The lifestyle of the Apatani hill tribe of the state of Arunachal Pradesh, fascinates every traveller on many aspects. But the thing that can be seen with great intensity is the two tribal signatures of the apatani tribe of arunachal pradesh, face tattoos as well as nose plugs.
This practice was then abolished soon after India’s independence when the government provided security against these kidnappings. As a result of which, no one have their faces tattooed for past 30 to 35 years.
During ancient times these Apatani women were abducted by their neighbouring Nishi tribesmen for their beauty, so just to make themselves look more unattractive, they started tattooing their faces and wear a huge circular nose plugs.Though women who were born in the last three decades, have chosen to get their faces inked, so the practice was later banned by the government in the ’70s. But some, elderly Apatani women can still be seen with the thick blue line that runs from the forehead to the tip of their nose and six smaller lines on the lower chin.
The tattooing procedure of the apatani tribe of arunachal pradesh used to be a very painful affair. It was not like the state-of-the art tattoo guns and ink, that is being used today. The Apatanis used the thorns to cut their skin and then soot it mixed in the animal fat for the dark blue color.The wounds were then being allowed to get infected so that they became more larger as well as clearer.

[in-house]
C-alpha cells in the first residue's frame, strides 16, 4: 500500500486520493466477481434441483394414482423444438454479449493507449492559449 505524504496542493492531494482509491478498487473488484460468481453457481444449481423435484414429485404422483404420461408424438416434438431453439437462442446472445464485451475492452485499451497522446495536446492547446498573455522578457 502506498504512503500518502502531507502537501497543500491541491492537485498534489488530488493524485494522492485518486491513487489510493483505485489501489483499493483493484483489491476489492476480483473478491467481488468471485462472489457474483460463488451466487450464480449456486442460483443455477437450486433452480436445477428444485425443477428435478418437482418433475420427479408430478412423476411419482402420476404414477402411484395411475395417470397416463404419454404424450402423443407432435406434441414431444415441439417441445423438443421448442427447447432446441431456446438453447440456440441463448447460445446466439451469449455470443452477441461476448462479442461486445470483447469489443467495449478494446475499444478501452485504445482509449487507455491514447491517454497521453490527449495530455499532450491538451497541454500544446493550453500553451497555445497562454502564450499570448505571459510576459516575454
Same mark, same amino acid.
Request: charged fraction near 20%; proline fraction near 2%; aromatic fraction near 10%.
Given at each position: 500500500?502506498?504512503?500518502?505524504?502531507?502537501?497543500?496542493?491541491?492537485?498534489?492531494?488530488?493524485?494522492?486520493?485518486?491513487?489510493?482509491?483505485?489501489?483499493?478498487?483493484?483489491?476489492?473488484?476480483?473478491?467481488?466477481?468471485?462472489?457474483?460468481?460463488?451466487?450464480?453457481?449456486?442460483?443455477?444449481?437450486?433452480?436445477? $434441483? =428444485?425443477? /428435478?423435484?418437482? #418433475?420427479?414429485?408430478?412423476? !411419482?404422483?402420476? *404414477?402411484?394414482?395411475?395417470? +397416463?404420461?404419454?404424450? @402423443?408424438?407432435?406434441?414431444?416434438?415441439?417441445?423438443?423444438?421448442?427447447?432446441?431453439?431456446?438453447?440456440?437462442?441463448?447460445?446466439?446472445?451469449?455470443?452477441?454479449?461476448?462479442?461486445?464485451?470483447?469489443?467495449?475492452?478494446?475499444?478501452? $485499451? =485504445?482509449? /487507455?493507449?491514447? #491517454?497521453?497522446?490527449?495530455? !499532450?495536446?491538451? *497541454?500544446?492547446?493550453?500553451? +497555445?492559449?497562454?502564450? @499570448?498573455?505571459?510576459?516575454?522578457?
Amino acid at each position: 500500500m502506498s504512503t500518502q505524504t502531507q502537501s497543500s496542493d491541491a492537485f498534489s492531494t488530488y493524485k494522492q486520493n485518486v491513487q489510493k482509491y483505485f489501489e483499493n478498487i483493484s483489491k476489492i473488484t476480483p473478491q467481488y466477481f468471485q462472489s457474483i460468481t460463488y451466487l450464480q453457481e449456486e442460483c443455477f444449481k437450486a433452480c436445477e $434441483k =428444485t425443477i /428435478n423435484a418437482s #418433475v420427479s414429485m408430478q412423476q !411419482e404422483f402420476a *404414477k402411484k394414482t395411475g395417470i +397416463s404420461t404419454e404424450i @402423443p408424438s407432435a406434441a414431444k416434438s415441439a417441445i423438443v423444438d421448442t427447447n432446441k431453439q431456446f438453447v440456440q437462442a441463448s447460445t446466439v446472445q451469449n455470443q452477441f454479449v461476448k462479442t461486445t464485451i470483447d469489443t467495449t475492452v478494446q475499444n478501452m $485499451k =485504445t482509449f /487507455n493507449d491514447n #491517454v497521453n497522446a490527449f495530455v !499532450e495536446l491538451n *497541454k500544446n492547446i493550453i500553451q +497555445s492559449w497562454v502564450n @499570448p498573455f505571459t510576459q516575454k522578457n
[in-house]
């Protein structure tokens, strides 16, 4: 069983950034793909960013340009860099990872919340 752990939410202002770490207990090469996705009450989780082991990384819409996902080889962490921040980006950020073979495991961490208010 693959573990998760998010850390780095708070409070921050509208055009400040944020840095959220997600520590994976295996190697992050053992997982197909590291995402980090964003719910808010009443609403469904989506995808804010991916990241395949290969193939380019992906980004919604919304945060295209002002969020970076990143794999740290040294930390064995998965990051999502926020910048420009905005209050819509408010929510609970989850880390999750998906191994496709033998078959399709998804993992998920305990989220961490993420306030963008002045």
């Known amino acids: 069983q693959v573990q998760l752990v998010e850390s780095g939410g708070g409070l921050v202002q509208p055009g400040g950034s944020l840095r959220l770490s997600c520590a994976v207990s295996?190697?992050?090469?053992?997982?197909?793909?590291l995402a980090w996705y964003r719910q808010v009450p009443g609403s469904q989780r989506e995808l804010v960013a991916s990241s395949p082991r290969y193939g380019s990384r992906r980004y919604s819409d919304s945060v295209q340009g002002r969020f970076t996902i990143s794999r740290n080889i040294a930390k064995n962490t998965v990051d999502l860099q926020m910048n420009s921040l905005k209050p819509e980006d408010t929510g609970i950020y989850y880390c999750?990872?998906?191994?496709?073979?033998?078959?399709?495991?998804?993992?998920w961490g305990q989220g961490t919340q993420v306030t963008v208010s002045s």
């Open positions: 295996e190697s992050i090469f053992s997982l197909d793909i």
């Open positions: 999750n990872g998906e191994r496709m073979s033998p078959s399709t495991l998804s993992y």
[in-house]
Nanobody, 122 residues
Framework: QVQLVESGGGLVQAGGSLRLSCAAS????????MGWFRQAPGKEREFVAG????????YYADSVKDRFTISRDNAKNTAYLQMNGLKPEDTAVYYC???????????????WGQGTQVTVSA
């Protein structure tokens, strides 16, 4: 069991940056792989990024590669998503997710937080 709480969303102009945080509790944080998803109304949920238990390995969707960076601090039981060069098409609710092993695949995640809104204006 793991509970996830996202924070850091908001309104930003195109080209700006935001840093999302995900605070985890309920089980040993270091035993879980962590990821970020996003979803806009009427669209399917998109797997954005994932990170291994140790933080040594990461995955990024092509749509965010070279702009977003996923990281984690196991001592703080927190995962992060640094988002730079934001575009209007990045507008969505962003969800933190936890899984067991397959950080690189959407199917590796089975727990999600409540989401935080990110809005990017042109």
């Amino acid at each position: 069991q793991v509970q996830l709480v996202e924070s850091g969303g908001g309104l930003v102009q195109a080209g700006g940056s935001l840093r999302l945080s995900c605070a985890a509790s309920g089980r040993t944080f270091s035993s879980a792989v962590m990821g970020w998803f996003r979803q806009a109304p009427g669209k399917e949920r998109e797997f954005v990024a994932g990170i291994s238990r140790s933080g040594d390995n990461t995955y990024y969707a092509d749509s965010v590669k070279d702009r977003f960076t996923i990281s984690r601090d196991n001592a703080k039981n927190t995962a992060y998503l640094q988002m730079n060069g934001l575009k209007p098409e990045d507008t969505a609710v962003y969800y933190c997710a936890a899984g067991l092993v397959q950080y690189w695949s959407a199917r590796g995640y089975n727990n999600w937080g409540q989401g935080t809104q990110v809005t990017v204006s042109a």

The apatani tribe of arunachal pradesh are not the only one tattooed tribe in Eastern India. The headhunting tribe of Konyaks of the Nagaland used to tattoo their faces like the headhunters from the Philippines, Taiwan and many other Pacific islands. Facial tattoos are marked at the head-taker, the various designs indicate a person’s prowess in battle and the headcount. Some researchers, say that tattoos also help to establish tribal identity besides the recognition after their death in a war or in a fatal accident.
Some married women of the Singpho tribe, who were found in both Assam as well as Arunachal, were tattooed on both their legs from the ankle to the knee, while the men tattoo the limbs, unmarried Singpho girls were generally barred from wearing a tattoo.
With the urbanization as well as modernization of the northeastern India over some decades, the tattoo culture has also shifted very significantly. These traditional patterns have been replaced by many modern motifs, but the meaning behind this pain-inducing practice has not changed much. Naga people regarded tattoos as theirs sign of courage, strength, and virility.
Indian tribes are not the only one who tattooed themselves. The Ainu of Japan, wore facial tattoos as their tradition. You can also see Berbers of Tamazgha, North Africa; Maoris of the New Zealand; Arabics in the east of Turkey and the Atayal from Taiwan also do facial tattoos. This practice is also widespread among the Polynesian peoples and also among the tribes in the Philippines, Samoa, Borneo, as well as Cambodia.
Tribal adaptation of some of the popular designs like the dragon as well as the tiger and the abstract art is gaining more popularity among the youths. It is mostly done in black ink, which shows up very beautifully on Indian complexion.